Welcome to the Nonverbal Preconference!
Thursday, January 28, 2016
We are pleased to announce the fifth annual Nonverbal Preconference at SPSP, which will take place Thursday, January 28th in San Diego, CA! The preconference will include invited addresses from leaders in the field, brief talks (in the data blitz tradition of SPSP), and a poster session. This preconference offers a unique opportunity to meet others who share your research interests, to network, to present your most recent findings, and to learn what others are doing!
Four invited lectures from accomplished nonverbal scholars from varied disciplines: Peter Andersen (San Diego State University), Frank Bernieri (Oregon State University), Arvid Kappas (Jacobs University) and Leslie Zebrowitz (Brandeis University).
Competitively selected brief talks
A poster session
Lunch to facilitate networking opportunities and research collaborations
The submission portal for posters and talks is open. See link above. The deadline for submissions is December 1, 2015.
This year, all preconference registrations will be handled through the Society for Personality and Social Psychology registration portal. Please register here. Advanced registration is recommended because space is limited. If you have any questions regarding the preconference, feel free to contact us. We look forward to seeing you in San Diego!
Sally Farley and Judy Hall
Dr. Peter Andersen is professor emeritus in the school of communication at San Diego State University. He has conducted more than one hundred studies on all aspects of nonverbal communication and has published two nonverbal books: Nonverbal Communication: Forms and Functions, 2nd edition, Waveland Press, and The Complete Idiot’s Guide to Body Language, Pearson. He has taught courses in nonverbal communication at four levels (introductory, advanced, graduate, and nonverbal for teachers) at West Virginia University, Ohio University, Long Beach State University, and San Diego State University.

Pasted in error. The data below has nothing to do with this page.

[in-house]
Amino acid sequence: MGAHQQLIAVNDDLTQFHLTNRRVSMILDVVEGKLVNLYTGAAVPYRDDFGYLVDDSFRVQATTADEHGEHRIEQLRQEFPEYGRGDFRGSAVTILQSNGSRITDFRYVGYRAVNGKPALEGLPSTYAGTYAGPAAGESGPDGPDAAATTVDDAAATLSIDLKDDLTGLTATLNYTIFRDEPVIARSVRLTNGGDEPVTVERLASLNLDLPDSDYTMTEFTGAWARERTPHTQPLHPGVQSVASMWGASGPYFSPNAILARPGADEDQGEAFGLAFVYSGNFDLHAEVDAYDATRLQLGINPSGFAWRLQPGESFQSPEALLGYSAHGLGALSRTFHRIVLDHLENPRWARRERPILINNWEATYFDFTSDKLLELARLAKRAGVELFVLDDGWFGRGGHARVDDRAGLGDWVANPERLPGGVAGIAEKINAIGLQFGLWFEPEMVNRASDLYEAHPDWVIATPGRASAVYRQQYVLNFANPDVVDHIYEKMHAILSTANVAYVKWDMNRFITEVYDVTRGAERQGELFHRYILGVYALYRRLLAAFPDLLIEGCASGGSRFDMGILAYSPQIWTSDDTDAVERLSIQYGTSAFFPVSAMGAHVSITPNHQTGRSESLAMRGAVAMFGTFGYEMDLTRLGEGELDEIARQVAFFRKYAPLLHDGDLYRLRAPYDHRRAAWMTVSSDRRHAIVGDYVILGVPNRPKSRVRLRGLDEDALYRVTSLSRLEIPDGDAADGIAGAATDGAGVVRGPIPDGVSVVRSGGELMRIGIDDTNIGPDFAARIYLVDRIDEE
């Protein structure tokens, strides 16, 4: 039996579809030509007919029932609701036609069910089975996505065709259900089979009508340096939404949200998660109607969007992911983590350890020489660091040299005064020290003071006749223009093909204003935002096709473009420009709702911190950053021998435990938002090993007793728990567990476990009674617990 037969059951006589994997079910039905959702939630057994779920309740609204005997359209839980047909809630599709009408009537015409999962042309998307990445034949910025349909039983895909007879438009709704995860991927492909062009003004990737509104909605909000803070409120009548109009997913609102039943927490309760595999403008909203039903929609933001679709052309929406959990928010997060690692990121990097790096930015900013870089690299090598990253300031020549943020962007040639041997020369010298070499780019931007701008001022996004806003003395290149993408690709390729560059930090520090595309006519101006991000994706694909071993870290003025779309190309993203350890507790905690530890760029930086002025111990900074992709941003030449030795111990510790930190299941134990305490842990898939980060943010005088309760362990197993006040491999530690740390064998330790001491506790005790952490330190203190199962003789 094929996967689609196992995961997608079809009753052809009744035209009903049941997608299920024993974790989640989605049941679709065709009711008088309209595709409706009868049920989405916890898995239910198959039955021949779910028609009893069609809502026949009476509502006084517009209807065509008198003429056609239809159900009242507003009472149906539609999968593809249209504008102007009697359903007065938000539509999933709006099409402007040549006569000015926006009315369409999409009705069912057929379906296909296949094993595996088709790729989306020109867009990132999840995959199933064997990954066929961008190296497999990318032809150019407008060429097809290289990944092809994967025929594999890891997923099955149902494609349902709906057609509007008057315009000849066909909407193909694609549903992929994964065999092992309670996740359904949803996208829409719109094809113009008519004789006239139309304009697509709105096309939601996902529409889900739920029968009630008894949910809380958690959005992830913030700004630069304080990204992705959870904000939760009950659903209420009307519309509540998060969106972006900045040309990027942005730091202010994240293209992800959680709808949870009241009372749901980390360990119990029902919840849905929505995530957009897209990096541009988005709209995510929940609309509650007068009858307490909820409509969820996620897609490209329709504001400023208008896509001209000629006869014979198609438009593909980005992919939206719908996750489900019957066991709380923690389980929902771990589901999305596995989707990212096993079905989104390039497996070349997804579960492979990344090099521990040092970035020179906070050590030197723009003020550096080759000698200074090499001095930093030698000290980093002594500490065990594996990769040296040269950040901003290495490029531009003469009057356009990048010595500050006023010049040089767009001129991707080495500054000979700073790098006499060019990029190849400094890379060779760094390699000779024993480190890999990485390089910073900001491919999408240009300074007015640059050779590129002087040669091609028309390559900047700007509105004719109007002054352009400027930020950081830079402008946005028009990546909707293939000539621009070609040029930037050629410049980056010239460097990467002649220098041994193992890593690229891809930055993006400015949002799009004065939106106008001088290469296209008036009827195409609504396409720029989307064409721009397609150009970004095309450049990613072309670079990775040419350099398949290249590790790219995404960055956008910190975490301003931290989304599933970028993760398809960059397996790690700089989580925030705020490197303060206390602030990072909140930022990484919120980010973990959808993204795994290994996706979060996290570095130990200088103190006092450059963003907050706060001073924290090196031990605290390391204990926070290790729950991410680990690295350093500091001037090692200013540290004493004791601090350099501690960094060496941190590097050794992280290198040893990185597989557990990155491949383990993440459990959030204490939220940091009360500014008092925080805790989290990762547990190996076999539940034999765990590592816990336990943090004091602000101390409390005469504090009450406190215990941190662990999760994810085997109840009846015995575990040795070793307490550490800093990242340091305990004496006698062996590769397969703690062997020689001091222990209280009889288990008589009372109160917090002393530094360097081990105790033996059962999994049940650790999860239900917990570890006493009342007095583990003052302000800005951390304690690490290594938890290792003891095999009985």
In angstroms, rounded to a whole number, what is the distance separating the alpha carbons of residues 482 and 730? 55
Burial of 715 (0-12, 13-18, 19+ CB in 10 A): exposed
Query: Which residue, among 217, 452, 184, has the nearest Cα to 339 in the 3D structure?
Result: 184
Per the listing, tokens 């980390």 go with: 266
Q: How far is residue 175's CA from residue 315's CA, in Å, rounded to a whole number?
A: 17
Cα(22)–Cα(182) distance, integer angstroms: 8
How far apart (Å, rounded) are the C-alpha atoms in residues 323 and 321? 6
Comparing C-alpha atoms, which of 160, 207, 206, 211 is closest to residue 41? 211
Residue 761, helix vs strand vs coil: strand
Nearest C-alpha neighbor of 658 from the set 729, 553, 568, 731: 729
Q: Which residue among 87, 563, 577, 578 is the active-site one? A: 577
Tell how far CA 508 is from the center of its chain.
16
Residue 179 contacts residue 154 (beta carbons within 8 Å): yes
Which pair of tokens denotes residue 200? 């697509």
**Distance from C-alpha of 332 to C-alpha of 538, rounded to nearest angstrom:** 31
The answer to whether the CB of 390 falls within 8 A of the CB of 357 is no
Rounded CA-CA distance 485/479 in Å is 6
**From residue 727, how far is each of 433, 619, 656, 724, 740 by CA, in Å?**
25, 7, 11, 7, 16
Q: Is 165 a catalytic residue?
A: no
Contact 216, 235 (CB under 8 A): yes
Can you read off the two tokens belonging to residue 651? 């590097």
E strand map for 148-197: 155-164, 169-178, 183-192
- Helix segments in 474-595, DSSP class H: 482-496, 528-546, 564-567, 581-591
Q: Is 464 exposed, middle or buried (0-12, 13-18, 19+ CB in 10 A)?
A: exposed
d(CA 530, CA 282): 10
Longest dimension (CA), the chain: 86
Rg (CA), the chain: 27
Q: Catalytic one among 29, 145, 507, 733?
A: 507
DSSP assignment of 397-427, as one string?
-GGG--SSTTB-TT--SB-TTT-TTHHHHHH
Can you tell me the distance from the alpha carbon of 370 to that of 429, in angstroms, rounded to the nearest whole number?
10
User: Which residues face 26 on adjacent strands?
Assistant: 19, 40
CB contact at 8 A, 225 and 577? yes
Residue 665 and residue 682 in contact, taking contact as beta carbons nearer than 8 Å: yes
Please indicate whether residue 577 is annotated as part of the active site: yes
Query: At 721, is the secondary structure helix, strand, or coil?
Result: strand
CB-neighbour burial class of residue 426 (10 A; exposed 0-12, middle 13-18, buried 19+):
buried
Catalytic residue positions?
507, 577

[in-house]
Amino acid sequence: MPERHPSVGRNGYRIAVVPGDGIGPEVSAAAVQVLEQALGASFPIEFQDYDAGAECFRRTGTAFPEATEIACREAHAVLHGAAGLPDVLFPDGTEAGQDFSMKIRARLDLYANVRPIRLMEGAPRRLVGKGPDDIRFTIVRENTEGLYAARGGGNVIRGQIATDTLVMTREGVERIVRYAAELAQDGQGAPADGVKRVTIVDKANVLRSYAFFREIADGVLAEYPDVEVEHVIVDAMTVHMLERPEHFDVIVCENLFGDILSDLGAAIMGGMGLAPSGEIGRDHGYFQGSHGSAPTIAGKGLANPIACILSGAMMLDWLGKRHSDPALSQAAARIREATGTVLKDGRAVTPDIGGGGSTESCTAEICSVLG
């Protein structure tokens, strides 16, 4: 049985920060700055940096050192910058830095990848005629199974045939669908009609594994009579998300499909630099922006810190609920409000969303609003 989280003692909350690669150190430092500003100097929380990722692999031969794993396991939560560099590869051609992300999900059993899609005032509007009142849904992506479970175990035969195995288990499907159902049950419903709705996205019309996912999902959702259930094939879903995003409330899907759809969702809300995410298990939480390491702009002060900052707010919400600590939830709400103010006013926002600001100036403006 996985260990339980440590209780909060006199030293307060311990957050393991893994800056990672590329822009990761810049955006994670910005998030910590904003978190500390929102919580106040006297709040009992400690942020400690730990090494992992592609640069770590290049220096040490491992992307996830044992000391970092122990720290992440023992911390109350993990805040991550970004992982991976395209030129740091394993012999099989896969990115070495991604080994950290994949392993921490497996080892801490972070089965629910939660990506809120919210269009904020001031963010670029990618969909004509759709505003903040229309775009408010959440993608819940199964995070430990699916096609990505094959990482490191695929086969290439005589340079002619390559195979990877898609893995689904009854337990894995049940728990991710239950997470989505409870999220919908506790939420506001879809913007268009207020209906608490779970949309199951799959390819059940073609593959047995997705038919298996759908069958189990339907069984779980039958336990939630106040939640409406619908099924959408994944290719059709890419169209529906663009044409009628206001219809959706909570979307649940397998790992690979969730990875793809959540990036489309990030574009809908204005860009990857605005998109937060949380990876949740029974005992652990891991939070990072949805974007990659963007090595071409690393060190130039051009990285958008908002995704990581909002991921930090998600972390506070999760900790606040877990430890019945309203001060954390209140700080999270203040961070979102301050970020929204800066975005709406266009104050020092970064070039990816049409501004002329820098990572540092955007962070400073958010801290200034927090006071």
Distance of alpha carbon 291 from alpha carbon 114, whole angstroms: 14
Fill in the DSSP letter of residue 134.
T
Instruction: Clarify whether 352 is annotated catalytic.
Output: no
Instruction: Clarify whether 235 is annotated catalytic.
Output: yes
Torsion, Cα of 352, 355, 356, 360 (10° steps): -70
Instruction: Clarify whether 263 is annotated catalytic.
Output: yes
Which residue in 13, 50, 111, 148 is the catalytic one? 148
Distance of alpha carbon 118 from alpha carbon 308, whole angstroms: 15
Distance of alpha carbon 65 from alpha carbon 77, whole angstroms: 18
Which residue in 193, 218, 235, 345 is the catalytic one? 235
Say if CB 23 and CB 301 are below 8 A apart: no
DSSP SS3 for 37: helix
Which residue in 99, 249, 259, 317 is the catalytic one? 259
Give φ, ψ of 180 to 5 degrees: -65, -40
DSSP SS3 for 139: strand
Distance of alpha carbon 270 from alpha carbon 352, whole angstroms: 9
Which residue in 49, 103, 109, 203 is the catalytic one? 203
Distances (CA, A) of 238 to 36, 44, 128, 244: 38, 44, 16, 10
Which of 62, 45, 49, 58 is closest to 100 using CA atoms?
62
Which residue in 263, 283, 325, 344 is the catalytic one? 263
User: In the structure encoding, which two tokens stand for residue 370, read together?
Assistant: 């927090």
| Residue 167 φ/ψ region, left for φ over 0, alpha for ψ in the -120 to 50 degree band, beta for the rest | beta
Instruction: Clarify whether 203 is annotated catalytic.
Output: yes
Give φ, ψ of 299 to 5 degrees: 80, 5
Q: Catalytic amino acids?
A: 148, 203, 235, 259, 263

Dr. Frank J. Bernieri, now at Oregon State University, received his Ph.D. in Social Psychology from Harvard University in 1988 under the tutelage of Bob Rosenthal. He has served on the editorial board for the Journal of Nonverbal Behavior and is co-editor of Interpersonal Sensitivity with Judy Hall (2001). He was one of two Psychologists given the Young Investigator award by the National Science foundation in 1992 for his research on the processes involved in face-to-face interactions including: nonverbal behavior, interpersonal coordination, empathy, and person perception accuracy. His current research interest involves the development of the Beaver Interpersonal Sensitivity Project (BISP) that seeks to understand the relationships between Interpersonal Sensitivity, Personality, Intelligence, and their measures.
Dr. Kappas is dean and processor of psychology at Jacobs University in Breman Germany. His research focuses on (1) the information processing that causes the (2) subjective changes, (3) physiological reactions, and (4) expressive behaviors that we associate with emotion. However, each of these response domains presents complexities in their own right. For example, facial expressions are not only determined by emotions, but also by social and cultural processes. Hence, according to Dr. Kappas, it is necessary to go beyond emotional processes in the case of each of these domains. Knowing more about contextual factors will help to understand how behaviors change when we are emotional.
Dr. Leslie A Zebrowitz is the Manuel Yellen Professor of Social Relations and a professor of psychology at Brandeis University. She holds a Ph.D. from Yale University. Her research concerns how and why people’s physical qualities, such as facial appearance, influence impressions of their traits and social affordances, the accuracy and neural correlates of these impressions, and changes in these effects in older adulthood.